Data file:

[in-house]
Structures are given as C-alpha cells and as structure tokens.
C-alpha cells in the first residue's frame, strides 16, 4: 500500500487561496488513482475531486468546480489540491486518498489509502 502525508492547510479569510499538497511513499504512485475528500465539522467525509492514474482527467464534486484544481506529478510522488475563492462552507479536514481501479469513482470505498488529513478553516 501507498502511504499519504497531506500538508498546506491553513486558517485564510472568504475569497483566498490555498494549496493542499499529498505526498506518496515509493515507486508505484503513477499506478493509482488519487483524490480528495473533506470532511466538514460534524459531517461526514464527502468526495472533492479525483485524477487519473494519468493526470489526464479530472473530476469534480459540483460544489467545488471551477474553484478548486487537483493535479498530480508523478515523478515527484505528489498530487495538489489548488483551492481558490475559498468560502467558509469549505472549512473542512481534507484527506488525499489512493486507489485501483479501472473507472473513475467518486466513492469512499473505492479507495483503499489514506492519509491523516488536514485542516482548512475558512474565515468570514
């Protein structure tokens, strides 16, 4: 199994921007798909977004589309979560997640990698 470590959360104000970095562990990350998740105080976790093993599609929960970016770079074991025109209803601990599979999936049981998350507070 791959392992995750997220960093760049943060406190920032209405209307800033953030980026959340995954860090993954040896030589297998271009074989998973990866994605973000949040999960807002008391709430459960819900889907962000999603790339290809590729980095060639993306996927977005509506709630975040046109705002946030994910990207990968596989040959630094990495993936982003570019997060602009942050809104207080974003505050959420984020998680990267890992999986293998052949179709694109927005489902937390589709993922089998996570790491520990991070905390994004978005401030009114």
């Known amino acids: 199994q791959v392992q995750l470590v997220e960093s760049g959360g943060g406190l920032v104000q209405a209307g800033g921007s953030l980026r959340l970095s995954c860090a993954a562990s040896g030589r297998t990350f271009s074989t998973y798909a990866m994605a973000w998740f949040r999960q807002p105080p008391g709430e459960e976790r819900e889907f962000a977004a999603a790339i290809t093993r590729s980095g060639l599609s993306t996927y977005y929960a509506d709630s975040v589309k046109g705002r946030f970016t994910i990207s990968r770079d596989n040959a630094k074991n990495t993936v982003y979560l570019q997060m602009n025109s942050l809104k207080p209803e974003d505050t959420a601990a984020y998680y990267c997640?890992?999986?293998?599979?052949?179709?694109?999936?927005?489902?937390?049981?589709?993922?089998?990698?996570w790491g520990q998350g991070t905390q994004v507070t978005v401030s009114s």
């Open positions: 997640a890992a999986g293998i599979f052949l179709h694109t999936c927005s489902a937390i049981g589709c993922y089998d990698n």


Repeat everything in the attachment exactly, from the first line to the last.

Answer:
[in-house]
Structures are given as C-alpha cells and as structure tokens.
C-alpha cells in the first residue's frame, strides 16, 4: 500500500487561496488513482475531486468546480489540491486518498489509502 502525508492547510479569510499538497511513499504512485475528500465539522467525509492514474482527467464534486484544481506529478510522488475563492462552507479536514481501479469513482470505498488529513478553516 501507498502511504499519504497531506500538508498546506491553513486558517485564510472568504475569497483566498490555498494549496493542499499529498505526498506518496515509493515507486508505484503513477499506478493509482488519487483524490480528495473533506470532511466538514460534524459531517461526514464527502468526495472533492479525483485524477487519473494519468493526470489526464479530472473530476469534480459540483460544489467545488471551477474553484478548486487537483493535479498530480508523478515523478515527484505528489498530487495538489489548488483551492481558490475559498468560502467558509469549505472549512473542512481534507484527506488525499489512493486507489485501483479501472473507472473513475467518486466513492469512499473505492479507495483503499489514506492519509491523516488536514485542516482548512475558512474565515468570514
């Protein structure tokens, strides 16, 4: 199994921007798909977004589309979560997640990698 470590959360104000970095562990990350998740105080976790093993599609929960970016770079074991025109209803601990599979999936049981998350507070 791959392992995750997220960093760049943060406190920032209405209307800033953030980026959340995954860090993954040896030589297998271009074989998973990866994605973000949040999960807002008391709430459960819900889907962000999603790339290809590729980095060639993306996927977005509506709630975040046109705002946030994910990207990968596989040959630094990495993936982003570019997060602009942050809104207080974003505050959420984020998680990267890992999986293998052949179709694109927005489902937390589709993922089998996570790491520990991070905390994004978005401030009114």
């Known amino acids: 199994q791959v392992q995750l470590v997220e960093s760049g959360g943060g406190l920032v104000q209405a209307g800033g921007s953030l980026r959340l970095s995954c860090a993954a562990s040896g030589r297998t990350f271009s074989t998973y798909a990866m994605a973000w998740f949040r999960q807002p105080p008391g709430e459960e976790r819900e889907f962000a977004a999603a790339i290809t093993r590729s980095g060639l599609s993306t996927y977005y929960a509506d709630s975040v589309k046109g705002r946030f970016t994910i990207s990968r770079d596989n040959a630094k074991n990495t993936v982003y979560l570019q997060m602009n025109s942050l809104k207080p209803e974003d505050t959420a601990a984020y998680y990267c997640?890992?999986?293998?599979?052949?179709?694109?999936?927005?489902?937390?049981?589709?993922?089998?990698?996570w790491g520990q998350g991070t905390q994004v507070t978005v401030s009114s």
């Open positions: 997640a890992a999986g293998i599979f052949l179709h694109t999936c927005s489902a937390i049981g589709c993922y089998d990698n």